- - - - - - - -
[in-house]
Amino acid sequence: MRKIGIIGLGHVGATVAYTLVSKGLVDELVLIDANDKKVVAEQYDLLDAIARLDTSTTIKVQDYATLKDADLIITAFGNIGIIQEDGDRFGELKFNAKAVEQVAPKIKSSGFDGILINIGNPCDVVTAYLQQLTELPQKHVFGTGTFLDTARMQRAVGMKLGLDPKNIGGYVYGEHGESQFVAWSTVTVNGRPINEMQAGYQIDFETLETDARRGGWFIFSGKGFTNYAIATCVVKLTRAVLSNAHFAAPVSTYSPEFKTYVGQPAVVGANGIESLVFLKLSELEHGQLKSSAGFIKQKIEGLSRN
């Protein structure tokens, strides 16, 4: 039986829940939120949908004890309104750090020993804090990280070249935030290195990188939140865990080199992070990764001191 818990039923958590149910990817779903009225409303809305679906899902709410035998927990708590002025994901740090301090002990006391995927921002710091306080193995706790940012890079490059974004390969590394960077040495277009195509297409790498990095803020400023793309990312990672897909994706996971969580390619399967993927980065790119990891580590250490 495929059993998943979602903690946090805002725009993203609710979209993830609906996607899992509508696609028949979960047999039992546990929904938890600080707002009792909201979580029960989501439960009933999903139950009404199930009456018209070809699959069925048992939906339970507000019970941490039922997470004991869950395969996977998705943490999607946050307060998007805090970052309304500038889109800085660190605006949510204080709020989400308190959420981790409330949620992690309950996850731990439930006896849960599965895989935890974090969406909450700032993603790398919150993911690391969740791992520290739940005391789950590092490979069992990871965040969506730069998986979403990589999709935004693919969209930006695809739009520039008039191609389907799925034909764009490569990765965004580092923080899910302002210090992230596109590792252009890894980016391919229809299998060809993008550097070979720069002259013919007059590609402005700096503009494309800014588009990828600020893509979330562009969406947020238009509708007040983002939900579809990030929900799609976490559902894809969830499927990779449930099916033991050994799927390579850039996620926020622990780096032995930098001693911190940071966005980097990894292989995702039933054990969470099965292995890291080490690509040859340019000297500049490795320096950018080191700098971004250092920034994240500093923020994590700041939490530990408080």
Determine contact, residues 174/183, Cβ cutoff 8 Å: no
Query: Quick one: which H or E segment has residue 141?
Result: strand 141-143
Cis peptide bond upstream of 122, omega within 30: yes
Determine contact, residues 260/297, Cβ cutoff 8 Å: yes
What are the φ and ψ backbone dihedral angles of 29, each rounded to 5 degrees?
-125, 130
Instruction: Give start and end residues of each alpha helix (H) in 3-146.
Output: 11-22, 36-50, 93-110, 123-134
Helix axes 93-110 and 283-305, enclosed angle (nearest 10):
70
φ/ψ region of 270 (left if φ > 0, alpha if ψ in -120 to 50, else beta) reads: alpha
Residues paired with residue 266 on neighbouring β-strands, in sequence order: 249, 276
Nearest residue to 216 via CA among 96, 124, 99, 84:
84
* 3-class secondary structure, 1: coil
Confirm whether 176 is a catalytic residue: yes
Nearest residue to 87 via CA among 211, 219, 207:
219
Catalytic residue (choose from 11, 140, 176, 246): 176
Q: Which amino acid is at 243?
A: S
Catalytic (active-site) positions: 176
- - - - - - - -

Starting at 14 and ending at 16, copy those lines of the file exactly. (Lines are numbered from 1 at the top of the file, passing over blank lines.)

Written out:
70
φ/ψ region of 270 (left if φ > 0, alpha if ψ in -120 to 50, else beta) reads: alpha
Residues paired with residue 266 on neighbouring β-strands, in sequence order: 249, 276